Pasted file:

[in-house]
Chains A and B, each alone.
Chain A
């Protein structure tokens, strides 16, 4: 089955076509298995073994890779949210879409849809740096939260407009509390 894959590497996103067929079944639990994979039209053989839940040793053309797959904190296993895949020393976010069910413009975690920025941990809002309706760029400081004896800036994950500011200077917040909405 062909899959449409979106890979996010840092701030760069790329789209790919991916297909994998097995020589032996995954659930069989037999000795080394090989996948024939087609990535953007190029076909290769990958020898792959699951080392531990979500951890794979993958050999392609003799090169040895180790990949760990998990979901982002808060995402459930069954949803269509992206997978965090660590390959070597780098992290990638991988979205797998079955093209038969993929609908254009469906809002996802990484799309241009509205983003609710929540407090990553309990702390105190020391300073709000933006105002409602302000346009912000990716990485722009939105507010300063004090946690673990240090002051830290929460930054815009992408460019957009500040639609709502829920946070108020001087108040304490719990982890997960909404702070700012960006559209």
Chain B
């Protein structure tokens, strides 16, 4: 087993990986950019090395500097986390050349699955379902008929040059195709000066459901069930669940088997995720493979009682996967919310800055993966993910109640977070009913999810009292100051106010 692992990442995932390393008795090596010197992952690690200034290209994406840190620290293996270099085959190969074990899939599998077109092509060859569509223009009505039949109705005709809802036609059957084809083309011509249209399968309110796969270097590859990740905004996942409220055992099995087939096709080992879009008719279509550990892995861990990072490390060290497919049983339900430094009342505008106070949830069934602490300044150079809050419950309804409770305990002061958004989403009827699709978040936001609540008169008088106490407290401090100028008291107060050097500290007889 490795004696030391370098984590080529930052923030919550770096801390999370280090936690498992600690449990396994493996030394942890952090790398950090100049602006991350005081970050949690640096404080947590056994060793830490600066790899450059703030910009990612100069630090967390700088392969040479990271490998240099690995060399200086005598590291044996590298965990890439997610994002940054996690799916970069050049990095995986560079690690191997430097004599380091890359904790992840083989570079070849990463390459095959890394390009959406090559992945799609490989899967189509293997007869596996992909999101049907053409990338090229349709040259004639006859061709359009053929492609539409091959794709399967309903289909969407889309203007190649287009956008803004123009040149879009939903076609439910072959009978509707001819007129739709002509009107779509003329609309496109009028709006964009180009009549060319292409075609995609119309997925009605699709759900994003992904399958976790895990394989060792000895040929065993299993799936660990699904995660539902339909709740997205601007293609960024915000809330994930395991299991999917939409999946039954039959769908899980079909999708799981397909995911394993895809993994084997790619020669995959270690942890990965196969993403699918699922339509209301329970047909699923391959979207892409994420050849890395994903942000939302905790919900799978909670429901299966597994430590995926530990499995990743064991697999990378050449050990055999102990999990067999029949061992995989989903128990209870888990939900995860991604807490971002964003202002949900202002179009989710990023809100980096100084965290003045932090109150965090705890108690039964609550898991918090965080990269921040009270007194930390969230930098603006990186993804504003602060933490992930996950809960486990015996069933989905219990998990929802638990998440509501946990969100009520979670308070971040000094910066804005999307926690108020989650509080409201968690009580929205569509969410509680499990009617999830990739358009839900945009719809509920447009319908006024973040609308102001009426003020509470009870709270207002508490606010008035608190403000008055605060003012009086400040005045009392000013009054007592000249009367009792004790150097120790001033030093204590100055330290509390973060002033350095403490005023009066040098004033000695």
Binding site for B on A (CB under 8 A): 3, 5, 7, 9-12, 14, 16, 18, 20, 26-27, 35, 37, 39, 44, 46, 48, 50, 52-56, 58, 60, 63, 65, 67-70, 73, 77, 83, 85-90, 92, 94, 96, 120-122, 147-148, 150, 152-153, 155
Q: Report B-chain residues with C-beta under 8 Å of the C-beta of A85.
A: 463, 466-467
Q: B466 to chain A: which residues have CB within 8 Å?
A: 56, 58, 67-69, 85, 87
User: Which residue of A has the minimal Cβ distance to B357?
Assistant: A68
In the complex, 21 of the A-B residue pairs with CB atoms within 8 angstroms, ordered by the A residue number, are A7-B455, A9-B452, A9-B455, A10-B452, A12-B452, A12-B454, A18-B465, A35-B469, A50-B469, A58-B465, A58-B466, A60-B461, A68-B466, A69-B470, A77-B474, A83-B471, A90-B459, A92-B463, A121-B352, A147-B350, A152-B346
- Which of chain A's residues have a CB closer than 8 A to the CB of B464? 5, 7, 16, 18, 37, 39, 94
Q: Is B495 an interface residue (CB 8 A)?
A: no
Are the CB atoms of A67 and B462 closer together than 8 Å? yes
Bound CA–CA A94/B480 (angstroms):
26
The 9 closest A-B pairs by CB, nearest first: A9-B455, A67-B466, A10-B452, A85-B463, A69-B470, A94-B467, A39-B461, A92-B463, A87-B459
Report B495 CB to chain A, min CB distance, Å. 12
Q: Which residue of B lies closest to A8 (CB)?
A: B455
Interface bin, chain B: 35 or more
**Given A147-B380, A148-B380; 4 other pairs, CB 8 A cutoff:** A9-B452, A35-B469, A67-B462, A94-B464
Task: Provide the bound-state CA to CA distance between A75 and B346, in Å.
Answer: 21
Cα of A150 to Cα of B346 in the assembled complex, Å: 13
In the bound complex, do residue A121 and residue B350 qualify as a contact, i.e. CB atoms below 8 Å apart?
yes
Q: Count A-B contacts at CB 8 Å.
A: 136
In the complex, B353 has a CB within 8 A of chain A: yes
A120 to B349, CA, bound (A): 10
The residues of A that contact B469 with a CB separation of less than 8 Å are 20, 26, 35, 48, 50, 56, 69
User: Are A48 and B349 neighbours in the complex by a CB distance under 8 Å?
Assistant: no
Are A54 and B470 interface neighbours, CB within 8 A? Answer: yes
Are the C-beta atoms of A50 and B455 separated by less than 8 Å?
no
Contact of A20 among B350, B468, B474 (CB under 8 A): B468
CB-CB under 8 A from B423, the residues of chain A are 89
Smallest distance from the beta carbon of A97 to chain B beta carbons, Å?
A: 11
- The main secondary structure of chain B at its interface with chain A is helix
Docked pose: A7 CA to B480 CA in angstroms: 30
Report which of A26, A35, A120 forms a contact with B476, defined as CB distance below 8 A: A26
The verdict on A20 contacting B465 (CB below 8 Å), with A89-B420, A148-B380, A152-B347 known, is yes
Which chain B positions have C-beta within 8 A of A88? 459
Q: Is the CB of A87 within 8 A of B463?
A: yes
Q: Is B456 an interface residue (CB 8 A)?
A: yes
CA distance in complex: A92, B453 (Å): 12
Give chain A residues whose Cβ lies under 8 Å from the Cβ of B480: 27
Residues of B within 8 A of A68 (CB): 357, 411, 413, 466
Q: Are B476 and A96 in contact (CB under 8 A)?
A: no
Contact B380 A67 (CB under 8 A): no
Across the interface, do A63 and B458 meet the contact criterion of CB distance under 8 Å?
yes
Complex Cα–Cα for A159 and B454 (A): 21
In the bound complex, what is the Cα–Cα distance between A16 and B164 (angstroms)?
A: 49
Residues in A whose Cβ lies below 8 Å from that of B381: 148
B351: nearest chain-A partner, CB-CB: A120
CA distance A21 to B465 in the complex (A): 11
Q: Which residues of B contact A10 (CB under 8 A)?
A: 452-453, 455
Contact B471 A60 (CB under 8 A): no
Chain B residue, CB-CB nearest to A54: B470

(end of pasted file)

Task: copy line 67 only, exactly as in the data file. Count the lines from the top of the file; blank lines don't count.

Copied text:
B351: nearest chain-A partner, CB-CB: A120